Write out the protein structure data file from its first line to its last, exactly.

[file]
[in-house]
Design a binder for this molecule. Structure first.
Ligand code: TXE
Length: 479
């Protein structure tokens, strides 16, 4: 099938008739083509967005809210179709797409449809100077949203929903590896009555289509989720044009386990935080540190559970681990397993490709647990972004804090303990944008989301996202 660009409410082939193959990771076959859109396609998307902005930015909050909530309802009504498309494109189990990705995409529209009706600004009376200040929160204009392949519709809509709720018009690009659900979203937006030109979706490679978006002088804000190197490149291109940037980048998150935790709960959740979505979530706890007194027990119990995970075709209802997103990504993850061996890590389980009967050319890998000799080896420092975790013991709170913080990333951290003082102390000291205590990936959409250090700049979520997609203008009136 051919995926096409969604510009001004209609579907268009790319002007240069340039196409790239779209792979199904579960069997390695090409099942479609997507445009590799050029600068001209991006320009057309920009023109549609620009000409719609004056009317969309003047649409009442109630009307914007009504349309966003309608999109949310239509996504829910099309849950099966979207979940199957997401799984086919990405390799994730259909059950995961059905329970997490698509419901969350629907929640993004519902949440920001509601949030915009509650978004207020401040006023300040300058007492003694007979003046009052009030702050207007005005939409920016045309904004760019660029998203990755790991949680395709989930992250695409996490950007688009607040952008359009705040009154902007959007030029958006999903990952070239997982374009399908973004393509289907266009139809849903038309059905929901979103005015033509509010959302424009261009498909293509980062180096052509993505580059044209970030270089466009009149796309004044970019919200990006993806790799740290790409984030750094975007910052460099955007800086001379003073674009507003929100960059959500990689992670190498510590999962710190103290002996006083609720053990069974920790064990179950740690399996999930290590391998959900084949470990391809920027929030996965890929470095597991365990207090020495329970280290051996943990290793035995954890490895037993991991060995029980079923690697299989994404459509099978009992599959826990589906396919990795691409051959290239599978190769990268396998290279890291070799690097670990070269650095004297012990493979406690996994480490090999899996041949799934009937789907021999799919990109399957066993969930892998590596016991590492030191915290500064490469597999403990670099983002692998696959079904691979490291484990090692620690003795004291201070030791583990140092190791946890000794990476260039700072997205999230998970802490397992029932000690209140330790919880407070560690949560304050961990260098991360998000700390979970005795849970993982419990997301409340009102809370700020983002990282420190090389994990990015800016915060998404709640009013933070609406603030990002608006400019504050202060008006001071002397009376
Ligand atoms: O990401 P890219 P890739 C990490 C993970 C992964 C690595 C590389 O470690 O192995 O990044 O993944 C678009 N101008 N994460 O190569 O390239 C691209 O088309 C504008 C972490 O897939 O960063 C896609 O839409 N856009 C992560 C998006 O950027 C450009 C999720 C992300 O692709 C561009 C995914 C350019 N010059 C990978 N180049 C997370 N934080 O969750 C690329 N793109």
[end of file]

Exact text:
[in-house]
Design a binder for this molecule. Structure first.
Ligand code: TXE
Length: 479
């Protein structure tokens, strides 16, 4: 099938008739083509967005809210179709797409449809100077949203929903590896009555289509989720044009386990935080540190559970681990397993490709647990972004804090303990944008989301996202 660009409410082939193959990771076959859109396609998307902005930015909050909530309802009504498309494109189990990705995409529209009706600004009376200040929160204009392949519709809509709720018009690009659900979203937006030109979706490679978006002088804000190197490149291109940037980048998150935790709960959740979505979530706890007194027990119990995970075709209802997103990504993850061996890590389980009967050319890998000799080896420092975790013991709170913080990333951290003082102390000291205590990936959409250090700049979520997609203008009136 051919995926096409969604510009001004209609579907268009790319002007240069340039196409790239779209792979199904579960069997390695090409099942479609997507445009590799050029600068001209991006320009057309920009023109549609620009000409719609004056009317969309003047649409009442109630009307914007009504349309966003309608999109949310239509996504829910099309849950099966979207979940199957997401799984086919990405390799994730259909059950995961059905329970997490698509419901969350629907929640993004519902949440920001509601949030915009509650978004207020401040006023300040300058007492003694007979003046009052009030702050207007005005939409920016045309904004760019660029998203990755790991949680395709989930992250695409996490950007688009607040952008359009705040009154902007959007030029958006999903990952070239997982374009399908973004393509289907266009139809849903038309059905929901979103005015033509509010959302424009261009498909293509980062180096052509993505580059044209970030270089466009009149796309004044970019919200990006993806790799740290790409984030750094975007910052460099955007800086001379003073674009507003929100960059959500990689992670190498510590999962710190103290002996006083609720053990069974920790064990179950740690399996999930290590391998959900084949470990391809920027929030996965890929470095597991365990207090020495329970280290051996943990290793035995954890490895037993991991060995029980079923690697299989994404459509099978009992599959826990589906396919990795691409051959290239599978190769990268396998290279890291070799690097670990070269650095004297012990493979406690996994480490090999899996041949799934009937789907021999799919990109399957066993969930892998590596016991590492030191915290500064490469597999403990670099983002692998696959079904691979490291484990090692620690003795004291201070030791583990140092190791946890000794990476260039700072997205999230998970802490397992029932000690209140330790919880407070560690949560304050961990260098991360998000700390979970005795849970993982419990997301409340009102809370700020983002990282420190090389994990990015800016915060998404709640009013933070609406603030990002608006400019504050202060008006001071002397009376
Ligand atoms: O990401 P890219 P890739 C990490 C993970 C992964 C690595 C590389 O470690 O192995 O990044 O993944 C678009 N101008 N994460 O190569 O390239 C691209 O088309 C504008 C972490 O897939 O960063 C896609 O839409 N856009 C992560 C998006 O950027 C450009 C999720 C992300 O692709 C561009 C995914 C350019 N010059 C990978 N180049 C997370 N934080 O969750 C690329 N793109």